Maynard wrote: ↑Thu Jan 23, 2020 4:16 am
digits_ wrote: ↑Wed Jan 22, 2020 7:51 pm
Maynard wrote: ↑Wed Jan 22, 2020 5:04 pm
-not certified for anti ice fluid De ice fluid can be applied an airborne within minutes on a res
Sounds good, doesn't work (properly).
Timing starts when you start applying. The time you save because you are close to the runway (if you don't need to deice), you lose again because of the, generally, improvised way the plane is sprayed. It is often less efficient than a spray with a proper truck. Type 4 would solve this issue completely. Type 1, sort of works in some situations. If everybody used the type 1 times as hard limits, a whole lot less flights would take off...
If it’s snowing and cold enough, you don’t need to spray. If it’s snowing and warm enough you need to, you have lots of time. If it’s freezing precip, you shouldn’t be there anyways. If it was costing them a large amount cancelling flights because they can’t have a longer HOT, companies would have splurged and paid to get it approved. It’s not worth it for the small amount of days/situations they’d need it.
Lot's of time with type I fluid? Not really...
I found this chart online for type I. It might be off by a couple of minutes, but it gives a good idea.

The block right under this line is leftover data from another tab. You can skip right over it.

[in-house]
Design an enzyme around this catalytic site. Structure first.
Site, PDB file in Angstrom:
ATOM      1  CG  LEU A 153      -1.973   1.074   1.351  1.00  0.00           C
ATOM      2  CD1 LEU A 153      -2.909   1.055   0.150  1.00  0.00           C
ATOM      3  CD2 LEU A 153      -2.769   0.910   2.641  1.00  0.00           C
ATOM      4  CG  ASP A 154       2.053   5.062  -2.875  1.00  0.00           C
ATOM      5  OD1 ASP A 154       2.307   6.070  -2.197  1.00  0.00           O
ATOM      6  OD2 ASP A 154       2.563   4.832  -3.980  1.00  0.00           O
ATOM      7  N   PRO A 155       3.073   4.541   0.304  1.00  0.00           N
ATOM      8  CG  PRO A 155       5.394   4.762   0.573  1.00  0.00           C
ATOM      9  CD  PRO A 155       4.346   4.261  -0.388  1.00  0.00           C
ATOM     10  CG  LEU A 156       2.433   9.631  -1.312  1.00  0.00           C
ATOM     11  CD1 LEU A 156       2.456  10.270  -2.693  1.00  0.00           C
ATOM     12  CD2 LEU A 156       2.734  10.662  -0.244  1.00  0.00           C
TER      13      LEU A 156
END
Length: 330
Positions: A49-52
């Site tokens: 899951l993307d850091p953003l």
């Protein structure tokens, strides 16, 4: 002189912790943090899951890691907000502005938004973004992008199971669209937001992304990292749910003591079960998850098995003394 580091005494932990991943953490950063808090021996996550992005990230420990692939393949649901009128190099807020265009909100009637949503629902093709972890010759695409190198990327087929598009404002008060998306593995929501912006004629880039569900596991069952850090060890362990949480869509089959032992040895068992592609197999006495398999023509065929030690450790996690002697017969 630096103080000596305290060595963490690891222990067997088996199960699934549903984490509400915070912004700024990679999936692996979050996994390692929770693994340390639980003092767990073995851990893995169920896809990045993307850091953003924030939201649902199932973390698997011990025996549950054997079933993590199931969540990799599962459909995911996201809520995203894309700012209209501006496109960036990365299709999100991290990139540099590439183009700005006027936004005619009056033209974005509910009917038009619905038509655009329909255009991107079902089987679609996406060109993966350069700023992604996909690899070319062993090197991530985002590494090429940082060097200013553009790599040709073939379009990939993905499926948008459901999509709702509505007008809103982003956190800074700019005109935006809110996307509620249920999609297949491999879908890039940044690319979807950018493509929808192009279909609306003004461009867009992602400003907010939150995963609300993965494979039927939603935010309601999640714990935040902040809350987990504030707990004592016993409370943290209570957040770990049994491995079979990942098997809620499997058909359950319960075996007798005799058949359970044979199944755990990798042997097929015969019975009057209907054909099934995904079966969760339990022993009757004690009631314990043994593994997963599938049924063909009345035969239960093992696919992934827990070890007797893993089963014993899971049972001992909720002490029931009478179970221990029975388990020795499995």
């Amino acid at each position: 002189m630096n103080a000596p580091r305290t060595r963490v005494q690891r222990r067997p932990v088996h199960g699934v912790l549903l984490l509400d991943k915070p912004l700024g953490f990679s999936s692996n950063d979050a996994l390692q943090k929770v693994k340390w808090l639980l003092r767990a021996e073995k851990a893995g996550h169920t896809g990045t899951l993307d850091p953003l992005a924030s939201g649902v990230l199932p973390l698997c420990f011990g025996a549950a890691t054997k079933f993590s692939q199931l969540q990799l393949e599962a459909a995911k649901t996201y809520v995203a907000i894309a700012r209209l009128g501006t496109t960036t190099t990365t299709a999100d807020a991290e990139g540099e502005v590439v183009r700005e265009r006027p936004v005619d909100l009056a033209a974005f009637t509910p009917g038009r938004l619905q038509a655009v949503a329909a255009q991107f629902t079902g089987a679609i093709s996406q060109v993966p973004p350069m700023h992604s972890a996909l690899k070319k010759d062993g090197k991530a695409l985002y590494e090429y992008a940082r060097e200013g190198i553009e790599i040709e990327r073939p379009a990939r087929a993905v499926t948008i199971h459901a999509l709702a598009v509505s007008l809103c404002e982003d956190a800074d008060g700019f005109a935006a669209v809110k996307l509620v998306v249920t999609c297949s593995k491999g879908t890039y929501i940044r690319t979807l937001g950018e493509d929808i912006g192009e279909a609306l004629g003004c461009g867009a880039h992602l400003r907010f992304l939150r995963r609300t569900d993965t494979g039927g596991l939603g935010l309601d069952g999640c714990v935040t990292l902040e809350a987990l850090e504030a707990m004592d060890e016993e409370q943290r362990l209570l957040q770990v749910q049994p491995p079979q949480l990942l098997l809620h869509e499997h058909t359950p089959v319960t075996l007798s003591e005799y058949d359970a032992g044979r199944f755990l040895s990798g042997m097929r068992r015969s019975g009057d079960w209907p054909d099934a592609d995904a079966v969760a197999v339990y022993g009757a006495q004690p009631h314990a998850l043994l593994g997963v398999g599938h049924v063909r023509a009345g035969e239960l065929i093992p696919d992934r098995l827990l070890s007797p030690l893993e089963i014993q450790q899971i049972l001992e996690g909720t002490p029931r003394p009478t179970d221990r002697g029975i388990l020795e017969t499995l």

I'm assuming that most northern operators have something in their COM that says you can only use the lowest value in those charts unless a tactile inspection is performed right before take off. Since the door is right in front of the prop, we'll have to use the lowest value, as a tactile inspection is not possible. Timing starts when the final (only) application of fluid starts, so right when the deice starts.
As a reminder, snowfall intensity is not determined by the metar, but by combination of temperature and visibility.
With these definitions, I've rarely seen very light snow. That leaves 11 minutes in -3 and warmer, or 8 minutes between -6 and -3.
The deicing process would take at least 8 minutes with homebrewed solutions. Even a CDF can take 6 or more minutes. Then you have to start the engines, can easily take another 3 minutes on a metro. 1 minute for an engine start, 1 minute to let the amps come down, 1 minute for the other one. With a GPU you'll save some time for the amps, but you'll lose it again because the GPU has to be disconnected. So you'll be right at the 11 minute mark before you even start moving. Time to shut down and spray again...
What happens in reality? Pilots look outside, judge the wing is ok, and leave. They are breaking procedures. Is it unsafe? You can debate that. In lots of conditions the holdovertimes are pretty generous. If pilot would stick to their company procedures to the letter, way more flights would get cancelled.
This is not just aimed at perimeter by the way, pretty sure the majority of northern operators runs into issues like this. But if we compare this to the king air, you can (and it happens) walk outside right before line up, because the door is behind the engines, and do the actual inspection which gives you extra time.